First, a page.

Damn These Heels! 2021: Utah’s Top LGTBTQ+ Film Festival Is Still Running in Heels After...
It’s been an interesting year for film festivals, and like just about everything else, they’ve been faced with a choice: Either call it quits or evolve in order to survive. But resilience and persistence are nothing new for the Damn These Heels Queer Film Festival, which has been running strong and fighting the odds for 18 years.
“As a young queer person from Salt Lake, Damn These Heels! was always a lifeline,” says Ash Hoyle, the new Director of Programming for the festival. “It was always this beacon that felt at once unexpected and also made sense. There’s this absolute need for it because the community is there.” Hoyle is quick to point out that Damn These Heels! is the longest running queer film festival in the Mountain West. “I think that’s a real testament to how important the work we do is, that it’s something that the community, and the wider community has been responding to for such a long time.”
“As a young queer person from Salt Lake, Damn These Heels! was always a lifeline.”
Hoyle comes to the festival with a wealth of experience, having already worked as an integral member of the programming team at the Sundance Film Festival as an Associate Shorts Programmer. Additionally, Hoyle’s extensive experience with a wide variety of film organizations includes Outfest LA, NewFest NY, Sun Valley Film Festival, Overlook Film Festival and AFI Fest, as well as working in production at ABC. “I really wanted to bring a more well-rounded program as well in terms of LGBTQ+ representation,” Hoyle says. “I have a local programming team that is really representative of the whole rainbow, as it were—you know, the whole spectrum of the community. I think that this year’s program has made some real strides in terms of reflecting that.”
Damn These Heels 2021 will showcase 25 feature films and 25 short films, screening July 9–18, 2021. This year, audiences have a variety of ways to experience the Festival through online streaming, in-theater screenings at Rose Wagner, an opening night drive-in at the Utah Fairpark and an outdoor lawn-seating event at Liberty Park for closing weekend.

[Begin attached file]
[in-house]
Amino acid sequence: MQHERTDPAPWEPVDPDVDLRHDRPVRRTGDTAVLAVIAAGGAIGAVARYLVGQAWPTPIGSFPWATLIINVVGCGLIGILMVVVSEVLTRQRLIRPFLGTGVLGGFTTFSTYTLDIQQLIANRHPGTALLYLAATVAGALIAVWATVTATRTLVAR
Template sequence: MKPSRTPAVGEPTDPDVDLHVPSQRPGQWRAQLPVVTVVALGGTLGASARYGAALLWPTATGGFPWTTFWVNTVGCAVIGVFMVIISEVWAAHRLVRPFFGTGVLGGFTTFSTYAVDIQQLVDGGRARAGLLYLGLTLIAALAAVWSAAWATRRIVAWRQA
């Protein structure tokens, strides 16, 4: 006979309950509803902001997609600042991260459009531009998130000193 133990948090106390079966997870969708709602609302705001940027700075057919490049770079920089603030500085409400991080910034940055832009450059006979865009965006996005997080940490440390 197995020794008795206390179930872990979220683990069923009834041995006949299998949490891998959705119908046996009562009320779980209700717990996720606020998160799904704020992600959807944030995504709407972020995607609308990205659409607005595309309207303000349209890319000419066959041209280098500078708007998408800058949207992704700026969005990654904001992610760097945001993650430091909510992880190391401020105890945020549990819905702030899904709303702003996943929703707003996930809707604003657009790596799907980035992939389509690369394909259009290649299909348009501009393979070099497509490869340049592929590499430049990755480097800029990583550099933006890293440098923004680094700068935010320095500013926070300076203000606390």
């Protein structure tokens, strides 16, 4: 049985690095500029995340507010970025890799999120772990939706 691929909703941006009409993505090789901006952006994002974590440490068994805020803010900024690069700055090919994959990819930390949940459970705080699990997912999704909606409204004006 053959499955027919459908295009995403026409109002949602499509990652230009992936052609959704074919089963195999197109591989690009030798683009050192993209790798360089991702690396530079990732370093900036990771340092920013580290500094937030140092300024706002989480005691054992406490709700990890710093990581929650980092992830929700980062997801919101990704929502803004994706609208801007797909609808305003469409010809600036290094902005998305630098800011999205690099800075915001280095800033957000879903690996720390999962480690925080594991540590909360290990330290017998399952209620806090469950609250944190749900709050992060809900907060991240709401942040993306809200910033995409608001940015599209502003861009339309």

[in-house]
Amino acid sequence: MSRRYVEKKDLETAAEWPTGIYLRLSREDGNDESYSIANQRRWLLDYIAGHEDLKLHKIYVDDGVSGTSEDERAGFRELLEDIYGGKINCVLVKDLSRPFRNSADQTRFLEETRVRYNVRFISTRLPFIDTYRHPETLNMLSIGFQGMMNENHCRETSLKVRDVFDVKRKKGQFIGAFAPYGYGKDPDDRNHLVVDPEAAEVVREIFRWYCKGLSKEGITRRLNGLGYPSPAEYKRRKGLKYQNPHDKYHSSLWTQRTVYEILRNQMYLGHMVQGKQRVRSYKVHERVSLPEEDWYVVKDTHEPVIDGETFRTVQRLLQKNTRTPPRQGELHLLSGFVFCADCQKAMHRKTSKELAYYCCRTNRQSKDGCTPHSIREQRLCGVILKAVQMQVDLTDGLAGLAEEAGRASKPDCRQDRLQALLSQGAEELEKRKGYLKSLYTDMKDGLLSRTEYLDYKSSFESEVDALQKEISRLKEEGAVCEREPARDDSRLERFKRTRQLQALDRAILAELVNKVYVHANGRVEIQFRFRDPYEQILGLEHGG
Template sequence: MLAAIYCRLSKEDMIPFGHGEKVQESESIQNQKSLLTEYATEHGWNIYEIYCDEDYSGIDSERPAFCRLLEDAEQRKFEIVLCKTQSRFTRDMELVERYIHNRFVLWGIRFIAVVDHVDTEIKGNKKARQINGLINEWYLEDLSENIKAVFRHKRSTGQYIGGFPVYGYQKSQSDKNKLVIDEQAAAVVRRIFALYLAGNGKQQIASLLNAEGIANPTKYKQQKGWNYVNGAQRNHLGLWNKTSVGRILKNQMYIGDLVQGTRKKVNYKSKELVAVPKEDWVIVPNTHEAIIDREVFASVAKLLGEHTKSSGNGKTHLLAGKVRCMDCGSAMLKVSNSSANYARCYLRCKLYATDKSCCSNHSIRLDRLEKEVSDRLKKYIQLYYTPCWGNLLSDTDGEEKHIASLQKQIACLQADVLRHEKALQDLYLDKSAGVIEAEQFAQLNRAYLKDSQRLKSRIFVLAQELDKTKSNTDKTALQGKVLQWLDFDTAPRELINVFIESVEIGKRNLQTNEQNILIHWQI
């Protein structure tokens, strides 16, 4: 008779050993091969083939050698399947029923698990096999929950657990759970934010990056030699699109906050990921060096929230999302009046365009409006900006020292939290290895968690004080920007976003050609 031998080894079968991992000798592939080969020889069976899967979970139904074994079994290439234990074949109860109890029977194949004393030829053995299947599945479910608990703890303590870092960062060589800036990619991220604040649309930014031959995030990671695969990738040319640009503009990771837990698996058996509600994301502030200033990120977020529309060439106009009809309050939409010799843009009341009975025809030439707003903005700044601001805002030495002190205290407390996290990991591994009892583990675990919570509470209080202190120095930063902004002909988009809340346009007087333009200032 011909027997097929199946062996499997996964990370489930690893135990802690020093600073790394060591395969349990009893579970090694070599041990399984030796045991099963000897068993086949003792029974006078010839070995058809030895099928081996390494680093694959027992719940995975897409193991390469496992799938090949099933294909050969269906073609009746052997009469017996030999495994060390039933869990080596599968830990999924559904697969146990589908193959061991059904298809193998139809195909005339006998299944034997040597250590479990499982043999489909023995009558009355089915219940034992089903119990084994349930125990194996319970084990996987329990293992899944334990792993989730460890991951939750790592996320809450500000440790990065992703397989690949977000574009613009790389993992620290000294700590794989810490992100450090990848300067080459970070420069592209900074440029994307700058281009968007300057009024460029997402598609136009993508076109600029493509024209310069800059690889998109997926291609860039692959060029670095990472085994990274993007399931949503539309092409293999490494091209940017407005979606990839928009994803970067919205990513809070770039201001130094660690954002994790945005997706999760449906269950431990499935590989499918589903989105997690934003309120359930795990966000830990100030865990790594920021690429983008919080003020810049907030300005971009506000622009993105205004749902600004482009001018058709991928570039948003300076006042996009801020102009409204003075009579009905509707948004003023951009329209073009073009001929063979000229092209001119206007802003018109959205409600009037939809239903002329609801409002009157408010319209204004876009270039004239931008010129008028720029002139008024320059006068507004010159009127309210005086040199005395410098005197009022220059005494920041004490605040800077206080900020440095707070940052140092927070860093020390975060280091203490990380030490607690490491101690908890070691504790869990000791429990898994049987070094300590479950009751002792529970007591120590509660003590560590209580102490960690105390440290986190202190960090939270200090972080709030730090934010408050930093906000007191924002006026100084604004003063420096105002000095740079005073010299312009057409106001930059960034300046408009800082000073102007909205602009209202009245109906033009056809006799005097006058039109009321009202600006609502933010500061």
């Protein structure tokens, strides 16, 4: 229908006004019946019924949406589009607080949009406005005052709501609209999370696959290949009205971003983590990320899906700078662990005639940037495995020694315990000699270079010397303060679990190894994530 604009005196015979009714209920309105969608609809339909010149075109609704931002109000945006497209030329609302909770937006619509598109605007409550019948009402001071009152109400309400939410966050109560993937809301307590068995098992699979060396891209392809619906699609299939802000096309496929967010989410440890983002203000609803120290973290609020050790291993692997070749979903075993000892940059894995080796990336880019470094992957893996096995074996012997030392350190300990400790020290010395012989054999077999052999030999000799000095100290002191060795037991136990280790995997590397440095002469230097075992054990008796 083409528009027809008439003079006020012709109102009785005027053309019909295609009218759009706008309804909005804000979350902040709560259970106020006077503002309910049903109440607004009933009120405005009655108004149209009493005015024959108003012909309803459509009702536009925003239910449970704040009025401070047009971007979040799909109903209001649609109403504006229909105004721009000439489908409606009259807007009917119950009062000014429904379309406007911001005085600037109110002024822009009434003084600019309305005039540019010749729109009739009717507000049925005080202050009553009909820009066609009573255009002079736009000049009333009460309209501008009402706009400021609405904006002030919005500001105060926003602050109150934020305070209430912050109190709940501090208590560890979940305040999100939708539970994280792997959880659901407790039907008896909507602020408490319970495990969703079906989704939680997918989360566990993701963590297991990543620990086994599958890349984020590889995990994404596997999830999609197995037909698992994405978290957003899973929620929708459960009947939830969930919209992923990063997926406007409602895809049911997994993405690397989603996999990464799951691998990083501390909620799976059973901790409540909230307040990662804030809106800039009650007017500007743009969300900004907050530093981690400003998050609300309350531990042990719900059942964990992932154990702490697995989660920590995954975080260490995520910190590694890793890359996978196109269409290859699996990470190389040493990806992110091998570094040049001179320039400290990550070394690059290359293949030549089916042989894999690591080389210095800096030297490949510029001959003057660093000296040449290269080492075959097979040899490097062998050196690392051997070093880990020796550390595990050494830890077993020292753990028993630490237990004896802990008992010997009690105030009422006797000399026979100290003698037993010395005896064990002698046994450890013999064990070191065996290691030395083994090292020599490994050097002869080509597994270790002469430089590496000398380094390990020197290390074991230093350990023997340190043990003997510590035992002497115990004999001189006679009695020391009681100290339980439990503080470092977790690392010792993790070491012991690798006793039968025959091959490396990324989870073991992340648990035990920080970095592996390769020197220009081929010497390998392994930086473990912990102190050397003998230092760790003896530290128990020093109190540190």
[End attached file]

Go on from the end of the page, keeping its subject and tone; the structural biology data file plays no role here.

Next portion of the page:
Among this year’s offerings is a sneak preview of Sediments, a documentary from director Adrián Silvestre which follows six trans women who travel to a small town in León, Spain, where they explore unusual landscapes as well as the ins and outs of their own personalities. Looking for answers about what connects them as a group, they learn to deal with their differences. “We’re really excited to be part of its really early life in the states,“ Hoyle says of the film. Another film that Hoyle is particularly happy to be showcasing is Madalena, a Brazillian film from director Madiano Marcheti that follows the story of a trans woman who is found lying dead in a field of soy and the bond formed by three women who are strangers but feel guided by Madalena’s spirit.
“I really wanted to bring a more well-rounded program as well in terms of LGBTQ+ representation … I think that this year’s program has made some real strides in terms of reflecting that.”
Damn These Heels has thrived due to dedicated grassroots support, and Hoyle attributes its survival to the dedicated people who have stuck with the festival, especially during these past two summers of a pandemic film festival, when other regional festivals were unable to keep going. Hoyle sees the ability to keep going through adversity as being fitting and poetic for a queer festival: “As film lovers, this year, we’ve been kind of reminded of how grateful we should be for these moments and these abilities to come back together,” Hoyle says.
Of Damn These Heels!’ place in Utah’s larger LGBTQ+ community, Hoyle notes that tremendous strides have been made for equality in Utah in recent years, but that there’s still a lot to be done. “It’s long from over, but it’s different than it was,” Hoyle says. “18 years is a long time, and a lot has changed over the course of our history at the festival. So I’m excited to meet this moment that we’re at right now.”
“As film lovers, this year, we’ve been kind of reminded of how grateful we should be for these moments and these abilities to come back together.”
Damn These Heels! is a festival with a mission, fighting for quality on the front lines, and Hoyle believes that the fact that this kind of representation and the opportunities for stories like the ones told here to help open hearts and minds is in no small part why it has been able to create a strong foothold, and why it has been met with such a loyal following that allows Damn These Heels survive and even thrive. “Our supporters have sustained us [last] year,” Hoyle says. “They showed up in record numbers to come watch movies with us virtually, and I imagine they will again this year. So, it’s of them, it’s by them, it’s for them and I think those are the reasons that we’ve been able to continue to operate in the face of those challenges, and I think we’ll come together in even a stronger, louder fashion.”
Tickets and passes for the 2021 Damn These Heels festival can be purchased though damntheseheels.org
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